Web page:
Christopher McCullough, head of the school of drama and music, said the outcome offered the department an opportunity to rethink its courses. He said the issue of funding had still not been settled and said he was looking at collaboration with nearby Dartington College of Arts.
Abertay secures grant for access partnership
The University of Abertay Dundee gained the largest access partnership grant awarded this week by the Scottish Higher Education Funding Council. It took 14 per cent of the £455,000 that the council allocated to 12 institutions.
The grant is intended to encourage and reward institutions that find imaginative and innovative ways of securing private-sector investment for widening-participation incentives.
Last year, Abertay came third in the national league table for attracting more students than expected from neighbourhoods where few enrol in higher education. Paisley University, which came second, did not receive extra cash in this week's allocations.
Review finds culture of unpaid overtime
Unpaid overtime is sustaining higher education, the transparency review is expected to conclude.
Records of staff working hours at every university and college were due to be sent to the funding councils this week. Last year, a pilot study found that staff typically worked a 55-hour week, with senior staff working up to 70 hours a week.
The review was initiated by the Treasury. Universities hope the government will meet the costs identified by the review if they meet government standards of transparency and accountability.
Delay in naming thee-university partners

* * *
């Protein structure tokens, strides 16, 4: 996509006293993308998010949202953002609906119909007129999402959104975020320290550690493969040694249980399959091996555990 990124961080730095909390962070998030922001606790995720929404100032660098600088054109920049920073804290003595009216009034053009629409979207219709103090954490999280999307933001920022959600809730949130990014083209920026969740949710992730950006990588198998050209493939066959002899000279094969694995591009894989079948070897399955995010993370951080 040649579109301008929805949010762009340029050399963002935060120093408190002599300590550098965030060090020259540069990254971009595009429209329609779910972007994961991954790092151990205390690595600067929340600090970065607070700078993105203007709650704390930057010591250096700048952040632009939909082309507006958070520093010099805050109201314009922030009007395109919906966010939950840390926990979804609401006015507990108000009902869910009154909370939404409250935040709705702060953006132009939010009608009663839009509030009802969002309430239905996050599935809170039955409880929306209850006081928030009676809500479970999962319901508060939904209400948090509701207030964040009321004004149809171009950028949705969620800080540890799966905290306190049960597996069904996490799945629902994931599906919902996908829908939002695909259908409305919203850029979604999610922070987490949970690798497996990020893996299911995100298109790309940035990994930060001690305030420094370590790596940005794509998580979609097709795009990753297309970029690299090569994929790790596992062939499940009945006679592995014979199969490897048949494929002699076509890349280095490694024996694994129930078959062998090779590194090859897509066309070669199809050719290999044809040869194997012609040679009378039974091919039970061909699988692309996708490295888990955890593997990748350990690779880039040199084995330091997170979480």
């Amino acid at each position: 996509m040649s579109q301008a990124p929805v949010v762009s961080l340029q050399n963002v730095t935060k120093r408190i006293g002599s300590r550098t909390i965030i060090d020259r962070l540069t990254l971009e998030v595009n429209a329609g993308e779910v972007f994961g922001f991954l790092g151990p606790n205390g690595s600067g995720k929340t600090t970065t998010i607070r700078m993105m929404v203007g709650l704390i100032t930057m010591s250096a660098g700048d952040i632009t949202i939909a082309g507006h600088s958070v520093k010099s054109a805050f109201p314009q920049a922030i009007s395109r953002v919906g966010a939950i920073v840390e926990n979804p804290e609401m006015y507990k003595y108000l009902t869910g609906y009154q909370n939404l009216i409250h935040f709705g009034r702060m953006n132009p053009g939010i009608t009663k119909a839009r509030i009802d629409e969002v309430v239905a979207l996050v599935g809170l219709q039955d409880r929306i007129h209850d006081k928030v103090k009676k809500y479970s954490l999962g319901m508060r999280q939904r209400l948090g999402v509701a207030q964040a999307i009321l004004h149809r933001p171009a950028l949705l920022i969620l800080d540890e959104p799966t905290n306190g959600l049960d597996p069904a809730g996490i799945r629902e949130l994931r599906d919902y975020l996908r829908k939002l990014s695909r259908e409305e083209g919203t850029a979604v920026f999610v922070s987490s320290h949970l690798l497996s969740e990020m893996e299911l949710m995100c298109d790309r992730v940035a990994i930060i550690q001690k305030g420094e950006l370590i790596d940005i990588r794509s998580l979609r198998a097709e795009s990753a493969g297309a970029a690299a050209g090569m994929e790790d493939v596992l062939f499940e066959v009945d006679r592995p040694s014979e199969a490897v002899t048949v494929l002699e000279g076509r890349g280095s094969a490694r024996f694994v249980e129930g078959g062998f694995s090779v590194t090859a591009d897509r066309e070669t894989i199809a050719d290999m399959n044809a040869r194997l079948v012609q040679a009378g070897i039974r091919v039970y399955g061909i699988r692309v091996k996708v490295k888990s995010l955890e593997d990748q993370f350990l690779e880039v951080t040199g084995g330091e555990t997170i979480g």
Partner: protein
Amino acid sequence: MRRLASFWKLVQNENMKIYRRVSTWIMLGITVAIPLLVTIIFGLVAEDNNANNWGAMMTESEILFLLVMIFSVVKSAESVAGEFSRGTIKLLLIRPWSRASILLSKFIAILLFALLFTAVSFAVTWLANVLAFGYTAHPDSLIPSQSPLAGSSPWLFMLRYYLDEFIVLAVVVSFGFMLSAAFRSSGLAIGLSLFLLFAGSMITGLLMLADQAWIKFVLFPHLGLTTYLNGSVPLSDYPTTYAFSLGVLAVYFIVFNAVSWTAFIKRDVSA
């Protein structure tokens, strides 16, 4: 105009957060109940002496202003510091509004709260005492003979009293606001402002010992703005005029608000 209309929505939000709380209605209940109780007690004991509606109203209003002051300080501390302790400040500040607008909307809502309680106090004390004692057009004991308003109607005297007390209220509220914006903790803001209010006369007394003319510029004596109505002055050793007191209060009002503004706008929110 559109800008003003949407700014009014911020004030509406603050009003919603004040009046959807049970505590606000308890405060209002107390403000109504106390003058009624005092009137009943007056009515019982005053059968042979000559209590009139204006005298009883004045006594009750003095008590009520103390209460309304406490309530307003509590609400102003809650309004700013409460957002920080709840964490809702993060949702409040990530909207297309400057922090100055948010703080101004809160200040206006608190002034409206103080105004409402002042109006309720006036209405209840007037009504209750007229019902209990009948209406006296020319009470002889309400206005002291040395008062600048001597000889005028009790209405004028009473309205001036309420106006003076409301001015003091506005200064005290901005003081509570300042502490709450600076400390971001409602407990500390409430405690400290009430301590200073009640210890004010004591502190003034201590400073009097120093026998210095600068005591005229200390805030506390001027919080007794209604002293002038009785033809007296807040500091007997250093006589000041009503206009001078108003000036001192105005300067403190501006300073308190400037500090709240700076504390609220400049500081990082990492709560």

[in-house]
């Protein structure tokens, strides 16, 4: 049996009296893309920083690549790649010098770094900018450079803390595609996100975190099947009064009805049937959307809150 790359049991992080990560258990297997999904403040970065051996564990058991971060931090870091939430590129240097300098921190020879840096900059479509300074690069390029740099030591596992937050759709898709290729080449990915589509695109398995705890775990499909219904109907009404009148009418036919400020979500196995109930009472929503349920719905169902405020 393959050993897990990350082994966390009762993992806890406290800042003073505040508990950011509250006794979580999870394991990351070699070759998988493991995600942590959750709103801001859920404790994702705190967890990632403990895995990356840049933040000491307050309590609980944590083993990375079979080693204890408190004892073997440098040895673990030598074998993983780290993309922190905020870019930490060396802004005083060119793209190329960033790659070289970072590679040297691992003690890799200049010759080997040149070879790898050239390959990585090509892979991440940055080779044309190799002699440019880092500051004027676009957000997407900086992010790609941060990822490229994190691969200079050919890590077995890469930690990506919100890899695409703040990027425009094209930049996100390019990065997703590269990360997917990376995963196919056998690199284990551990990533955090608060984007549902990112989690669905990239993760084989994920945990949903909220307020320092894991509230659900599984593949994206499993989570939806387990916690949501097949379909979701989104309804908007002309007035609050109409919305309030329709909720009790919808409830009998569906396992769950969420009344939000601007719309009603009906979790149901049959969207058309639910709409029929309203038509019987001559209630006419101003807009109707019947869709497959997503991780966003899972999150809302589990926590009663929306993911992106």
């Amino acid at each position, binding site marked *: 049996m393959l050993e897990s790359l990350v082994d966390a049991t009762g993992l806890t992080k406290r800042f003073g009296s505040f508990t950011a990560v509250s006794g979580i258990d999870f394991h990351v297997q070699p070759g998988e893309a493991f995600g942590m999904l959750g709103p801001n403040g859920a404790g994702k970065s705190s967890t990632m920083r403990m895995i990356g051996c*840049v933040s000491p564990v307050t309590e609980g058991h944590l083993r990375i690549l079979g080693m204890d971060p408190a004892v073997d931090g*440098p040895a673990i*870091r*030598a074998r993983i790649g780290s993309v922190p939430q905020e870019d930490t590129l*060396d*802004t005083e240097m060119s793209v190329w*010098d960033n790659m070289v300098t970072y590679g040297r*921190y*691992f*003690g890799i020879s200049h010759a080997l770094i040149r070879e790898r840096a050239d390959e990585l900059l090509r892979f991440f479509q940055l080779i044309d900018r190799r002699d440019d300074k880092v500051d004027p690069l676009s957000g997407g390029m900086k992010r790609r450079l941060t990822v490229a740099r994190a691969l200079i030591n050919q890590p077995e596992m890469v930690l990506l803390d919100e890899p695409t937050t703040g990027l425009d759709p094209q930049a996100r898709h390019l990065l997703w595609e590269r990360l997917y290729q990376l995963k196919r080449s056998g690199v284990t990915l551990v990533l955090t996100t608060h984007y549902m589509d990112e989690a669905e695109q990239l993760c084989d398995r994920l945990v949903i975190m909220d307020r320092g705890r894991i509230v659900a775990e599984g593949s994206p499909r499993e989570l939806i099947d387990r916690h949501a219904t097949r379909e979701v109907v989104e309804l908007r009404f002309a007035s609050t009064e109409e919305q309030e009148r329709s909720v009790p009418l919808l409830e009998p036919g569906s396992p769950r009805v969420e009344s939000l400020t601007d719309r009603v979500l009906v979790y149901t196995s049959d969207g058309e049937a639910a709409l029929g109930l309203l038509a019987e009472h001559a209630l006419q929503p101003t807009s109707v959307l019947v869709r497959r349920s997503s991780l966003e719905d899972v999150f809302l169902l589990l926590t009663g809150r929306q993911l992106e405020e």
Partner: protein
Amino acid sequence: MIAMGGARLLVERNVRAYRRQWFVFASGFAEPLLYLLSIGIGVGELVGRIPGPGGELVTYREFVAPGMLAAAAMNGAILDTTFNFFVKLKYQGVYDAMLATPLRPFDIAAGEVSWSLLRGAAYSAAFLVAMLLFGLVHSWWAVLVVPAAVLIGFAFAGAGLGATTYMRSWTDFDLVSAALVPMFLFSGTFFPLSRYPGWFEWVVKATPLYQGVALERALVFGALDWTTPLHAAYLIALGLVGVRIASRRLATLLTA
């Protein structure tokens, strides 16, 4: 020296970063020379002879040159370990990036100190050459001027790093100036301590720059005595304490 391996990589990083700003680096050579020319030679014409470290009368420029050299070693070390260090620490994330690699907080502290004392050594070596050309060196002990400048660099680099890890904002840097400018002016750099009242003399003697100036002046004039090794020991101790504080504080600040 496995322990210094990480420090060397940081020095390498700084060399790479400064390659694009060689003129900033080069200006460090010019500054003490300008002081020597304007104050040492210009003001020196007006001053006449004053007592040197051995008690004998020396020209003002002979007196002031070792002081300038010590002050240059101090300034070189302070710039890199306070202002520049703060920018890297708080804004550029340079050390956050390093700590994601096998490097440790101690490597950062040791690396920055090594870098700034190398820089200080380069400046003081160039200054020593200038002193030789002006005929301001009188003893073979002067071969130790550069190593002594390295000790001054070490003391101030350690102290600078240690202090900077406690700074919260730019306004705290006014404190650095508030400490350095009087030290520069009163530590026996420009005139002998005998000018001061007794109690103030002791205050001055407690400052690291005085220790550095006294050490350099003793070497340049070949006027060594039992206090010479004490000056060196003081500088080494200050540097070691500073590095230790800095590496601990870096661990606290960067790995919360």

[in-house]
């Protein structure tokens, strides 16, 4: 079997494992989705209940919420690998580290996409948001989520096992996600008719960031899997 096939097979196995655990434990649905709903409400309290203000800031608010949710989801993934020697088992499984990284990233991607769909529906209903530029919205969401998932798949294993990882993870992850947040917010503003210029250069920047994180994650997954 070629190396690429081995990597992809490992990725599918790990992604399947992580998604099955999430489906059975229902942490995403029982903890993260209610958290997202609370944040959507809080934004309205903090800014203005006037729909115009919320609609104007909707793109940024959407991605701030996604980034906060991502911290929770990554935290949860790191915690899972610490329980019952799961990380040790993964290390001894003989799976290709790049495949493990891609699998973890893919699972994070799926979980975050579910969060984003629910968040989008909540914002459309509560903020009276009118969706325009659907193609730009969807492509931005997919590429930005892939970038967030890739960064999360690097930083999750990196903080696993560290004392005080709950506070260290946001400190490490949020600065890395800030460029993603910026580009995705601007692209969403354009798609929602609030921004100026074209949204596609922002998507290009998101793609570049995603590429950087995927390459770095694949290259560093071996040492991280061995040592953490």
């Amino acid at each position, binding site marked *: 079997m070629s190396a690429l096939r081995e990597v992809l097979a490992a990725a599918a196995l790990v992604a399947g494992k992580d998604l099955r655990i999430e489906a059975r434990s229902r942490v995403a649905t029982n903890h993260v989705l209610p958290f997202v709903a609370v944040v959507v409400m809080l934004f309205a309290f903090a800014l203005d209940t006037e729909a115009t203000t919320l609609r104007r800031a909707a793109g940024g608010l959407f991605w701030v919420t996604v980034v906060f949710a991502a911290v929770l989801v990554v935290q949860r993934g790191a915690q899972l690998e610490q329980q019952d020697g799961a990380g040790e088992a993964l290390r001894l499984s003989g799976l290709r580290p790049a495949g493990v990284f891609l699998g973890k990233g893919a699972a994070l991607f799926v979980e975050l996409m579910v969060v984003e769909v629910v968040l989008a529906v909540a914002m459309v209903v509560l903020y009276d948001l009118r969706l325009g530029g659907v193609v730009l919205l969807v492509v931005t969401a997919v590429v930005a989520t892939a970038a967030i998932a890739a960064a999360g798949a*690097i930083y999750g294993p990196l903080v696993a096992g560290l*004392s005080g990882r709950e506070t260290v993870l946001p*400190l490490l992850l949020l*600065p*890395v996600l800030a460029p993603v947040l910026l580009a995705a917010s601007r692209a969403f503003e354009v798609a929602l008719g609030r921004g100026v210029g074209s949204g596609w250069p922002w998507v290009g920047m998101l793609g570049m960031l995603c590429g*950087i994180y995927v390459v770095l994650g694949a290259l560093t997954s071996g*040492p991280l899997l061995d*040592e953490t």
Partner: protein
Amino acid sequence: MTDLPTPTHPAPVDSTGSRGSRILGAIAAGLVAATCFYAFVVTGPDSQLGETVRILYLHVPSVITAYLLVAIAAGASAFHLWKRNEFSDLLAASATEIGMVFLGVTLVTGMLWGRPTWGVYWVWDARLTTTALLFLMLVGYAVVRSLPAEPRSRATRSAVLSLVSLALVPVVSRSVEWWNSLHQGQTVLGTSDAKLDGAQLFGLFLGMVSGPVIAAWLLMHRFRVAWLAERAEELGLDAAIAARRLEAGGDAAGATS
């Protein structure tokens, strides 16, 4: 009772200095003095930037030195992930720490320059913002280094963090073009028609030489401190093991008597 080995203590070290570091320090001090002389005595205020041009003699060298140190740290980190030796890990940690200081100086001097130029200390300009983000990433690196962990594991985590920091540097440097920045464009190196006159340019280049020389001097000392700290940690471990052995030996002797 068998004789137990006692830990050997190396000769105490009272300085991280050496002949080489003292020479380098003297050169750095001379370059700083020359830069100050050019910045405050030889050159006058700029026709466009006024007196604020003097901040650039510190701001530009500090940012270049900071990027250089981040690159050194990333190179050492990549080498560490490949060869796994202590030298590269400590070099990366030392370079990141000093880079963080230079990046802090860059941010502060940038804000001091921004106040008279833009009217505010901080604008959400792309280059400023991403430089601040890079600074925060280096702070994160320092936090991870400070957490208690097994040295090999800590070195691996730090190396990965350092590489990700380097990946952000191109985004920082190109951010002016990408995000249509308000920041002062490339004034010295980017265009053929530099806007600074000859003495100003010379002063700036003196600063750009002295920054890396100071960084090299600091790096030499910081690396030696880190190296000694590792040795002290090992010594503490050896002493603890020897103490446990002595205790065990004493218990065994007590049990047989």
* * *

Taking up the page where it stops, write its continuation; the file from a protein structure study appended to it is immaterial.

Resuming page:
The commercial partners in the e-university will not be announced until mid-August, two months later than planned.
The delay came as Pearson, which was interested in participating in the e-university, presented its interim results.
Pearson Education made an operating profit of £16 million in the first half of 2001 - up from losses of £26 million in the first half of 2000. But losses from its internet enterprises more than doubled from £20 million to £43 million between the first half of 2000 and the first half of 2001.
Plans for a London joint education centre
The University of Greenwich and the London Borough of Greenwich are collaborating on a possible education centre in Woolwich.
They are jointly funding a feasibility study for the project, which could provide education from sixth form through to higher education.
Vice-chancellor Rick Trainor said: "We're keen to offer local people a university education on their doorstep."
• Tom Wilson, head of universities for Natfhe, the lecturers' union, featured as a possible candidate for the post of general secretary of the Association of University Teachers in The THES of July . Unfortunately, the photograph that accompanied the article was of the wrong Tom Wilson. Natfhe's Tom Wilson is pictured above. We apologise to both.
• The Kirsty McColl scholarship will be based at Goldsmiths College, University of London. This may not be clear from a report in The THES of July 20.